What is a mother to do when she first hears that her healthy, funny, bright, charismatic daughter has been diagnosed with cancer at age 23? Stand by her side, of course. That's a no-brainer. However, what is a mother to do when that same daughter dies at age 26? What was I to do, faced with my daughter Sara's light snuffed out, her breath shut off, her face shrunken to skin and bone, body wasted thin... her once full lips barely able to wrap around her wide, vivacious grin? I couldn't stop it from happening. I couldn't save her. As her mother I was supposed to keep her safe forever, but I didn't... I couldn't. What was I supposed to do with that?
I had a choice: I could choose to die with her, right then, by allowing myself to explode into a zillion little pieces, losing my sense of self forever, or I could stumble through the dark fog until I found a way to "live" without her; to breathe again and stay standing.
Sara felt that she had a choice, too: to die quietly, unknown except to her loved ones; or take the time she had on this planet and advocate for other young adults like her. From the day Sara was born (Valentine's Day, 1974), she was focused, articulate and demanding. Getting cancer didn't change that, so it came as no surprise to anyone who knew her when, on the day that she found out about her diagnosis, Sara turned to me and said: "I wanted to make a difference in my life; how am I going to do that if I die young?" Barely a minute had passed before she suggested she "could answer phones on the Variety Club Telethon and help BC's Sick Kids."
The date of the Telethon that year was February 14th, Valentine's Day, 1998 -- Sara's birthday. Perfect! As it turned out, Sara, an emerging actor/singer, was asked to be one of the on-air hosts of the Telethon. This set in motion a chain of events that led to the production of a documentary film about Sara and her journey. "Sara's Story" was broadcast across Canada on Global TV, Vision TV, the Knowledge Network and Women's Network.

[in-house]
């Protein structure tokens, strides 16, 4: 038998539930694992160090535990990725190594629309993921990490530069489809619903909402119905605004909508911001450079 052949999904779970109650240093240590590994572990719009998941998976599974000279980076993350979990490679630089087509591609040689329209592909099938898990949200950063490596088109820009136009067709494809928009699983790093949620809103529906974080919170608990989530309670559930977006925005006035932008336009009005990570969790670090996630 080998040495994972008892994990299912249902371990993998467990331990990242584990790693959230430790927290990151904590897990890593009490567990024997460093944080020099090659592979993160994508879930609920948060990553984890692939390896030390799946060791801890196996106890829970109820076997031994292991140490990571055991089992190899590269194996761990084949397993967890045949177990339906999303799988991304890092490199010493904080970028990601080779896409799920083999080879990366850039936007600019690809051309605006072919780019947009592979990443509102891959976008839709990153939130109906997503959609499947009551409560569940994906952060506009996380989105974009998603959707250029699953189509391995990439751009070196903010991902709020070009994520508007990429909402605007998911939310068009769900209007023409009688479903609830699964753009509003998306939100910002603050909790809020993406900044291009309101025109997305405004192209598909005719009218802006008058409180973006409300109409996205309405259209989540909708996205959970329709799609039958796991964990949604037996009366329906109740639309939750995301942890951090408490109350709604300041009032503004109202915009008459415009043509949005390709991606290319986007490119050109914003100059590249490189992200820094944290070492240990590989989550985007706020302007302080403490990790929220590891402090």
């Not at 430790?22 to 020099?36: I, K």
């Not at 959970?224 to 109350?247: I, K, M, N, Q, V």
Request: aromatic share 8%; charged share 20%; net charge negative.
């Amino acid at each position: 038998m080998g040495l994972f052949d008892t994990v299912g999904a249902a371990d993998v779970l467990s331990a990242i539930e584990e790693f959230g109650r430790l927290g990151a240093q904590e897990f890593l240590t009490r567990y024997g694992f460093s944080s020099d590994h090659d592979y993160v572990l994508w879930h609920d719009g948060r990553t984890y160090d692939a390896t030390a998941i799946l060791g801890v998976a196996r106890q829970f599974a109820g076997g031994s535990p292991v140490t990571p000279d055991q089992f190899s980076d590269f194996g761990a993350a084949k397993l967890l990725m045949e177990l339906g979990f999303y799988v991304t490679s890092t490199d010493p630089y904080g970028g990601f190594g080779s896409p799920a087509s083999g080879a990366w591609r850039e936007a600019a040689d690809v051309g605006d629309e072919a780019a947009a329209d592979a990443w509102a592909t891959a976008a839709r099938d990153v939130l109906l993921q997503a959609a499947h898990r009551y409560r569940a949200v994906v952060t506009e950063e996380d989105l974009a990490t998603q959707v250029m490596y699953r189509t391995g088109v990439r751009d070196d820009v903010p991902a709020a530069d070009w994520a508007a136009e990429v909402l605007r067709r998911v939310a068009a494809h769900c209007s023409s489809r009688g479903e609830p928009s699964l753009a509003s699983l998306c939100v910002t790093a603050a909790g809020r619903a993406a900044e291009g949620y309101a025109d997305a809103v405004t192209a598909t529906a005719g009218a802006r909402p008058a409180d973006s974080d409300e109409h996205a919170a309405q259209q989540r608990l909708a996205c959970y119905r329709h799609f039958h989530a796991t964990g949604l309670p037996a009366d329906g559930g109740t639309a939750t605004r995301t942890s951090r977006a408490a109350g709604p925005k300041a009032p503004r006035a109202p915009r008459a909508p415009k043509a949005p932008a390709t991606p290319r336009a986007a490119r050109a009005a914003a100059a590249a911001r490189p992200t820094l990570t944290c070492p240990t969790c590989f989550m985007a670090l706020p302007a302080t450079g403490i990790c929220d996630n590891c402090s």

Out of that first film came a second documentary called Chasing Rainbows: Young Adults Living With Cancer. This film addressed the important issues that young adults face when living with cancer: isolation, infertility, sexuality, family relationships, fear, faith, hope and the future. It provided exactly the information Sara had wanted to have when she was first diagnosed. She asked me to produce this film, and to be sure to "distribute it throughout BC, across Canada, the USA, and if you have the time Mom, Europe." Sara desperately wanted to eradicate the word "isolation" from the young adult cancer experience; she never wanted another young adult with cancer to feel as alone as she had. I had to keep living to fulfill her dream.
When she died on July 17, 2000, it was my turn to choose. So, I chose to live by committing my heart and soul to young adult cancer awareness advocacy. I spent the next decade producing and distributing Sara's Story and Chasing Rainbows: Young Adults Living With Cancer. In 2007, with the help of the BC Cancer Foundation and BC Cancer Agency, I was able to press 3,000 copies of Chasing Rainbows and distribute it throughout BC. In subsequent years, I toured the film across Canada, and even fulfilled Sara's dream of making it to Hollywood, when the film was screened at a film festival in Los Angeles.